Nov 10, 2011

33rd Sunday: Receive - Give - Receive even more

Parable of the Talents
Proverbs 31: 10-13, 19-20,30-31

Thes 5: 1-6
Matthew 25: 14-30
As we approach the end of our liturgical we hear a parable about money with a desired better return on those investments.  But, the parable can be a bit disturbing.  It might be better called, the parable of “the rich man who wanted to be richer and those who cooperated with him in that scheme.” To the ears of Jesus’ audience, this story may have been quite a shock. We may be a bit surprised as well that Jesus used such a potentially uncomfortable story.
In ancient times it was believed that wealth was limited and the distribution of that wealth was preordained.  Ancient economic systems were designed in which one could amass wealth quickly but the general population remained abjectly poor.  There was no such thing as a middle class distinction.
So, those who are obscenely wealthy like the man in the parable of Jesus could only amass his wealth through suspicious means or through extortion.  In the parable Jesus told, two of the servants doubled their master’s money.  An amazing investment and we might wonder how they did it. The ancients would have suspected foul play and dishonesty.  But it seems that Jesus uses them as an example for reward.
As the wisest of all teachers, Jesus was a very practical man.  As God fully embraced humanity, he embraced all that is part of his own world, good as well as evil ,and sometimes used shocking examples from life in order to get our attention. Money talk always gets our attention. 
But, this parable is less a story about money and more a challenge to our sense of how we grow in our spiritual life – in our relationship with God and our neighbor as baptised members of his Church.  
I recently heard a perfect explanation.  Our late Holy Father John Paul II described human love as ideal when it is self-sacrificing.  When I give of myself to another it is true love. That’s true in marriage and it’s also true in my vocation as priest. If each spouse in a marriage remains totally concerned only for themselves, the marriage will die. By its nature, marriage implies the giving of self. If I lived only for myself as a priest and didn’t care at all about the people I am called to serve, then I may as well go look someplace else.
The same law is true in our spiritual life.  The servants in the parable were rewarded because they got the point.  They were given talents, they invested them, and they received back more than what they first gave.
Blessed John Paul II called it, the law of the gift. The spiritual life follows one law: The divine life increases in us in the measure we give it away. When God comes to us, he comes to us in the form of a gift. He makes himself present in our lives through our strong faith, through the presence of others, through his Church and the sacraments, in our private prayer.  Every time we encounter God it is as a gift that is given.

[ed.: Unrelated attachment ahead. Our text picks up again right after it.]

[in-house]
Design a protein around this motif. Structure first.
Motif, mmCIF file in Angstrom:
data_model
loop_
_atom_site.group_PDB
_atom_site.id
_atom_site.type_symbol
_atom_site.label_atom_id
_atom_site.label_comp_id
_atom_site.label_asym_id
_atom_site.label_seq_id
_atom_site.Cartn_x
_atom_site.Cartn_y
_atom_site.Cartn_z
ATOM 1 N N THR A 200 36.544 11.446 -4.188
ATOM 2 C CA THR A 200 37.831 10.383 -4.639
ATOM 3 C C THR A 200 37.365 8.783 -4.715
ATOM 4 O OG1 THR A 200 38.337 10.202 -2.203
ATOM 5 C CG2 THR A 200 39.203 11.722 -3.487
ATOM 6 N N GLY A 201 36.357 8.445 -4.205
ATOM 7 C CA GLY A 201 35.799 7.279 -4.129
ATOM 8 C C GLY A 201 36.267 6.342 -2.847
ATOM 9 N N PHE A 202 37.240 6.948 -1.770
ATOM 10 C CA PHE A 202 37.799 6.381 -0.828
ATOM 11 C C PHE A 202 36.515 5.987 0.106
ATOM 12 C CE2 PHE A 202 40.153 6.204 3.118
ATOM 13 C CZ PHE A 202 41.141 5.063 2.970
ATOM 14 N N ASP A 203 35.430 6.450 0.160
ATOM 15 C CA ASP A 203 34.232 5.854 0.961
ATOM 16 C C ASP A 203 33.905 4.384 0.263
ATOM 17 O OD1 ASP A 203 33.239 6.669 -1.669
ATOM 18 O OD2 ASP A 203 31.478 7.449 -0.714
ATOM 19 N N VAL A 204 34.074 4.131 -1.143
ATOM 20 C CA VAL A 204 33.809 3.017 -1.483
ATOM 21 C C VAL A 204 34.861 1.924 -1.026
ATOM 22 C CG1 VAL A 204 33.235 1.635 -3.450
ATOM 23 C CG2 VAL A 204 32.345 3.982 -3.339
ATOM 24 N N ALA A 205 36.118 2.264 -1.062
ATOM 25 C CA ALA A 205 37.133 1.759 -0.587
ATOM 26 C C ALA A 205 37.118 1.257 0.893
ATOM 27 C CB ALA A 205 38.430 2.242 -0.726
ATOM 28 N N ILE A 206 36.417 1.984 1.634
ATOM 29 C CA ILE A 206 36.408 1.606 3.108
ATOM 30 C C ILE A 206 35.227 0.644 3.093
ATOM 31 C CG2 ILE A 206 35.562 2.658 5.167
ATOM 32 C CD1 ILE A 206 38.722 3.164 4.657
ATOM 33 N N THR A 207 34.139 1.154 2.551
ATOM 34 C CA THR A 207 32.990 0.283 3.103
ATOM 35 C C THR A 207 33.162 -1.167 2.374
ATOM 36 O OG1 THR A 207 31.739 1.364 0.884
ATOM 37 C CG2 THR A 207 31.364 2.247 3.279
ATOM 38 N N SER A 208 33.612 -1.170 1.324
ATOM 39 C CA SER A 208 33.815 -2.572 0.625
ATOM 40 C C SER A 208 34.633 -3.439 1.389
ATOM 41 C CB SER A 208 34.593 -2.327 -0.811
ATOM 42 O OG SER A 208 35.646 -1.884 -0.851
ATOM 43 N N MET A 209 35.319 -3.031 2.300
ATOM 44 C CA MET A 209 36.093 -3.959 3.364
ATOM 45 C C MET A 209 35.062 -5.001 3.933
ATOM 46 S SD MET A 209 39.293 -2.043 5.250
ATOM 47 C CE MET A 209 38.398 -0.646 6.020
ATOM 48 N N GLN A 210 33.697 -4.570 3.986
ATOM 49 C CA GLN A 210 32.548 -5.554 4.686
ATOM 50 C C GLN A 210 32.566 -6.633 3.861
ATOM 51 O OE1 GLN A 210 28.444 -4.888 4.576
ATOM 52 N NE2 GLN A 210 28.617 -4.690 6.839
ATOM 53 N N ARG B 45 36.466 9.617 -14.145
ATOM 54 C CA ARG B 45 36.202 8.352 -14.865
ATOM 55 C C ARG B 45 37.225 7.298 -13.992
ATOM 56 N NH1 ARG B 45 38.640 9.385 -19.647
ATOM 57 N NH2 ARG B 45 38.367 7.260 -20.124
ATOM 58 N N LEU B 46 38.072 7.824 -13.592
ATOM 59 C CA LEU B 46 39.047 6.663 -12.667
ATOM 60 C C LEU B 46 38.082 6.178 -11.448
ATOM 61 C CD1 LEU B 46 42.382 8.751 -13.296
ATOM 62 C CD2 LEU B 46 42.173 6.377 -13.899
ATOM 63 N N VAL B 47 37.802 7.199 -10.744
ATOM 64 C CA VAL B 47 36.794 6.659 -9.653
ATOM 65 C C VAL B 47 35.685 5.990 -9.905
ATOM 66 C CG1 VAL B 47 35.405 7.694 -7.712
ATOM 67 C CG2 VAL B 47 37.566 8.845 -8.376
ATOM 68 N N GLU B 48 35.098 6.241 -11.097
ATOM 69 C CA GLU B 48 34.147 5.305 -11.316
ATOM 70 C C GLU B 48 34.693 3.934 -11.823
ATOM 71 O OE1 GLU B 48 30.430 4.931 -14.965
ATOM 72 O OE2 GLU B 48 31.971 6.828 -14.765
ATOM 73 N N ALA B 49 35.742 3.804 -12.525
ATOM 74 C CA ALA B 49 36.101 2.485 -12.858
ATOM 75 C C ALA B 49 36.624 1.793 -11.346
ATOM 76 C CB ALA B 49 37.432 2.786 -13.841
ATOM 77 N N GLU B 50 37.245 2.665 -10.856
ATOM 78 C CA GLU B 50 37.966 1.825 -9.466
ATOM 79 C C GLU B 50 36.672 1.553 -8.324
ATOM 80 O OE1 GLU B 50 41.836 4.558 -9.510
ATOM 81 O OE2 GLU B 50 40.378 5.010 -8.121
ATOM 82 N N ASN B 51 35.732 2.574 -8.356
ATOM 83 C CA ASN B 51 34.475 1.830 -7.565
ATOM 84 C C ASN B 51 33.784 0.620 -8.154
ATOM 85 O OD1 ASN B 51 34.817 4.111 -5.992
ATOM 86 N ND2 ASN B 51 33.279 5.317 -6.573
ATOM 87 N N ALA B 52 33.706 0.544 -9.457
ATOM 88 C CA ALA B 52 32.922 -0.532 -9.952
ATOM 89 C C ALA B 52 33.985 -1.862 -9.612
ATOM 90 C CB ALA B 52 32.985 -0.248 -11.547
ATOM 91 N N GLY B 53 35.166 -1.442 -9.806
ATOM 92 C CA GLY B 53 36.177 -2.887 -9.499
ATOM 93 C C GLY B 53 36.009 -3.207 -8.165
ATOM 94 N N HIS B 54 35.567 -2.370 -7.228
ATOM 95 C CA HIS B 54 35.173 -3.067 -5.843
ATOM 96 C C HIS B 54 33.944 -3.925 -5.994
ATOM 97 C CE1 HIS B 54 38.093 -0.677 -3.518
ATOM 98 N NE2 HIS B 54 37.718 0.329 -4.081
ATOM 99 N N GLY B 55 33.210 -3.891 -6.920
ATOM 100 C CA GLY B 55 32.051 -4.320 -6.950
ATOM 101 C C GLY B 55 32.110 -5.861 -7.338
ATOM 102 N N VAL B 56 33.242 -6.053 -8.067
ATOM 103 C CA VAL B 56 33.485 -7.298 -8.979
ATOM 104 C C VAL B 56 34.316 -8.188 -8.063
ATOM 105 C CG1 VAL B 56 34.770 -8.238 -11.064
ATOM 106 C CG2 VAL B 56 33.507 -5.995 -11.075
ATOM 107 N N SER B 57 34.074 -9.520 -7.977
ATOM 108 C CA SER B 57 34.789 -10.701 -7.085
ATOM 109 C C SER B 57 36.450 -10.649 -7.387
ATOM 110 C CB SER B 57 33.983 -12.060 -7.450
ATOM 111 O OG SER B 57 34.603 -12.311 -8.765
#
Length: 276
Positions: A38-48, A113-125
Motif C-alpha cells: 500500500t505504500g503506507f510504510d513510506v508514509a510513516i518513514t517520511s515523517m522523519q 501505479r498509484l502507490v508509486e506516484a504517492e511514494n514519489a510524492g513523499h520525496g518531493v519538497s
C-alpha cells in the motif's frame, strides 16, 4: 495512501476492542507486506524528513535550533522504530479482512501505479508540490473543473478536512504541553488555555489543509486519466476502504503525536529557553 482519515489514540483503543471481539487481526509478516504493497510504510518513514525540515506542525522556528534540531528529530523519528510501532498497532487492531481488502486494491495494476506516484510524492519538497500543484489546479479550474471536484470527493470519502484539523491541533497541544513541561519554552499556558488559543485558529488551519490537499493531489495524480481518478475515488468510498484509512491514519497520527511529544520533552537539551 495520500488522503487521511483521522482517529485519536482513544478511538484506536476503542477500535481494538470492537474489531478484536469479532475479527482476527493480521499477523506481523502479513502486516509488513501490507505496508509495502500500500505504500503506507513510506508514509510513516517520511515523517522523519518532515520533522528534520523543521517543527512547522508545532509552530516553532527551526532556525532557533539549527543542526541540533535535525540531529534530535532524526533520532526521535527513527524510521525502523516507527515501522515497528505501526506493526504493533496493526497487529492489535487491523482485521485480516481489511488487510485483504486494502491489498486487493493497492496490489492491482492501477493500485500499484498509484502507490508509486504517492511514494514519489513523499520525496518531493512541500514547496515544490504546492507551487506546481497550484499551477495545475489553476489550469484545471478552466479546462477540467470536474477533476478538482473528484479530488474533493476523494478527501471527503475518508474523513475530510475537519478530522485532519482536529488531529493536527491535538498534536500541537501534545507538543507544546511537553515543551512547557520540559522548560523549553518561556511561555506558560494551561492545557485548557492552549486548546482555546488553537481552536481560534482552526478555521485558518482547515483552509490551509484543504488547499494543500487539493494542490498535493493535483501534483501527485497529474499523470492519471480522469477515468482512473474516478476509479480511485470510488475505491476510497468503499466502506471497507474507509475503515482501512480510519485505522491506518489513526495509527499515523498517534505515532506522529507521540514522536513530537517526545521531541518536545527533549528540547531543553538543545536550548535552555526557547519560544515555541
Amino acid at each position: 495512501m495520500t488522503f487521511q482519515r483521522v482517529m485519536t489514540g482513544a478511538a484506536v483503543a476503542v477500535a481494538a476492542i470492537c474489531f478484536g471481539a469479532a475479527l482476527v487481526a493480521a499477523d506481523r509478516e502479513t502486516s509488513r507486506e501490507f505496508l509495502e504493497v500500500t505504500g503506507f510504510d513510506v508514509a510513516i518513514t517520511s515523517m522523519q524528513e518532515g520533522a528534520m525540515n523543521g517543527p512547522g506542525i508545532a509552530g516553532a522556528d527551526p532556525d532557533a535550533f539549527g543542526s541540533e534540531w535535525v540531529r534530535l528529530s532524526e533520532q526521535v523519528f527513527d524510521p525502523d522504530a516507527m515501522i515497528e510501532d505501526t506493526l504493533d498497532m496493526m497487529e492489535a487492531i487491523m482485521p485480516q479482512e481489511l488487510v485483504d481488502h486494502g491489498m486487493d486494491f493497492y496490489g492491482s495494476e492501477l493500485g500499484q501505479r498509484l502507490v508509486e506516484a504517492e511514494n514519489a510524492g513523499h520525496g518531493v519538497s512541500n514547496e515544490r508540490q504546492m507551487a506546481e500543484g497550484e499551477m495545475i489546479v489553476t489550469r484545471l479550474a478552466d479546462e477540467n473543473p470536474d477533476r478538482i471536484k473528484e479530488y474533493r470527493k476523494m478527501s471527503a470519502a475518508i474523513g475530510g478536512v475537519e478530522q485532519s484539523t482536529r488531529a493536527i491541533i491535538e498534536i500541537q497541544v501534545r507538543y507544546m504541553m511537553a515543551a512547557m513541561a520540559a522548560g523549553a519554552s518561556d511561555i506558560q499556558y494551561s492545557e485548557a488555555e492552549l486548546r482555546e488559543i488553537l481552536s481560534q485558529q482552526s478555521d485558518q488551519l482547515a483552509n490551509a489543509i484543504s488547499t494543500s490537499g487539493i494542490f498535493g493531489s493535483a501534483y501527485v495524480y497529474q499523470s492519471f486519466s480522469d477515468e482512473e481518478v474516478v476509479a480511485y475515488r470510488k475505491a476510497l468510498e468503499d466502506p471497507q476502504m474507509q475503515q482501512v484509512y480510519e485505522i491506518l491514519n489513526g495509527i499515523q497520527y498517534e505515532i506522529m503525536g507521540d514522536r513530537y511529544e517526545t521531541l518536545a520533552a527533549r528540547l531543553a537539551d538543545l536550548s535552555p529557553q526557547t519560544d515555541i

So, the question is, how will I receive that gift? Or to use the parable today, how will I invest my masters “money” in order to bring back a return on that investment? The law of spiritual growth only works in one way: that what I have received as a gift, I must give away, and then I will receive more in return.
But, our natural tendency is to hold on to what we have.  We love to receive but sometimes are hesitant to give it away because then we won’t have it any more. That isn't true in the divine life. The spiritual life is governed by the principal of giving away. 

We need look no farther for proof in the lives of our saintly brothers and sisters. Great missionaries of charity such as St. Vincent de Paul, Brother Andre, Martin de Porres, Mother Teresa of Calcutta, and a host of other inspiring examples of selfless charity are living testimonies to the law of the gift.  

If you've ever involved yourself in service to the poor you will know this principle.  You receive more in return for such generosity than you give: satisfaction, gratitude, the knowlege that you've made a positive difference for someone else. If we give in faith, we receive the blessing of God: "What you did for the least of my brothers/sisters you did for me."  In our prayer time, we may feel that we don't have much to bring to the Lord except our meger desire for him or our own sense of sin. But, what God gives us in return is the fullness of his presence beyond measure.
Jesus used this parable of the talents to show that the only way to live as his disciple is by this law of the gift.  In order to grow in his grace we must live by self-sacrificial love as he did.  He remains the prime example of what that means all the way to the cross. 
Our Eucharist is the visual form of the law of the gift.  Jesus comes to us as sacramental gift so that we might receive that gift not just for ourselves but that we might then go away from here and live in that same way.  Simply put, what we have received as a gift must be given away as a gift – and then we will receive even more.
So the question for all of us here is how will I choose to live my life? Called to live holy lives there is only one law that will make that happen – to trust in faith that the divine life will increase in us in the measure that we give it away.